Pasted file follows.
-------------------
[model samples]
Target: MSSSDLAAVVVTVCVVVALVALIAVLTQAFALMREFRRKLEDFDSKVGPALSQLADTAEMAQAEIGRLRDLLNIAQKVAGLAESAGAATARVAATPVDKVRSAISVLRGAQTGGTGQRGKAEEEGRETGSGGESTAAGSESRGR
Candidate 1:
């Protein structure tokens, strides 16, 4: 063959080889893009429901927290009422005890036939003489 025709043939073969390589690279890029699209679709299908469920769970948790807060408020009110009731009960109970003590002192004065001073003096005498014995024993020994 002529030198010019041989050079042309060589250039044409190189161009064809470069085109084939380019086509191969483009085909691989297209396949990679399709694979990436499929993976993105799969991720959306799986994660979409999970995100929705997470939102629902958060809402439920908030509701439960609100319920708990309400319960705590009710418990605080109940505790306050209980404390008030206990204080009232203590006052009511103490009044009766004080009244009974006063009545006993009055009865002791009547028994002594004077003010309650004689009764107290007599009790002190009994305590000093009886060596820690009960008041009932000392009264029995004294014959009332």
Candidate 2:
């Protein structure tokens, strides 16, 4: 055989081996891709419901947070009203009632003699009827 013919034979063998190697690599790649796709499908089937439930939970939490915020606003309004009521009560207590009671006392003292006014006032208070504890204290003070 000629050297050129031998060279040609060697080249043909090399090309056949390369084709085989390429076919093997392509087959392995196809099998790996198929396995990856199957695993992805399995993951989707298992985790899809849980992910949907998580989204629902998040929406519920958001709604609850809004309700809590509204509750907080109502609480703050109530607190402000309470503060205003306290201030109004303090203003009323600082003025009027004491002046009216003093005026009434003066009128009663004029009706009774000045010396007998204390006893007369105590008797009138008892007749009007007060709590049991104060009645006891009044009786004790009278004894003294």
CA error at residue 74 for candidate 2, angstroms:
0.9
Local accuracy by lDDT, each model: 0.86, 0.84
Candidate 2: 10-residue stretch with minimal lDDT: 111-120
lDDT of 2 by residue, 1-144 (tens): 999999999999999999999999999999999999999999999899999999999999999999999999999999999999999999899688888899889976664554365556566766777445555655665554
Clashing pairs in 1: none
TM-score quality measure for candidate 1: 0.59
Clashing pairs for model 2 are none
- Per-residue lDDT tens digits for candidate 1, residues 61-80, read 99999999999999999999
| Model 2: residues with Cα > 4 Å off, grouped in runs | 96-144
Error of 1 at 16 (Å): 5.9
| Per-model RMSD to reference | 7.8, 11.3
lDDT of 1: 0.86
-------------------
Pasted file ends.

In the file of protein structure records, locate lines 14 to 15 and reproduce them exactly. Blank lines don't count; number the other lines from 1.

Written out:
Clashing pairs for model 2 are none
- Per-residue lDDT tens digits for candidate 1, residues 61-80, read 99999999999999999999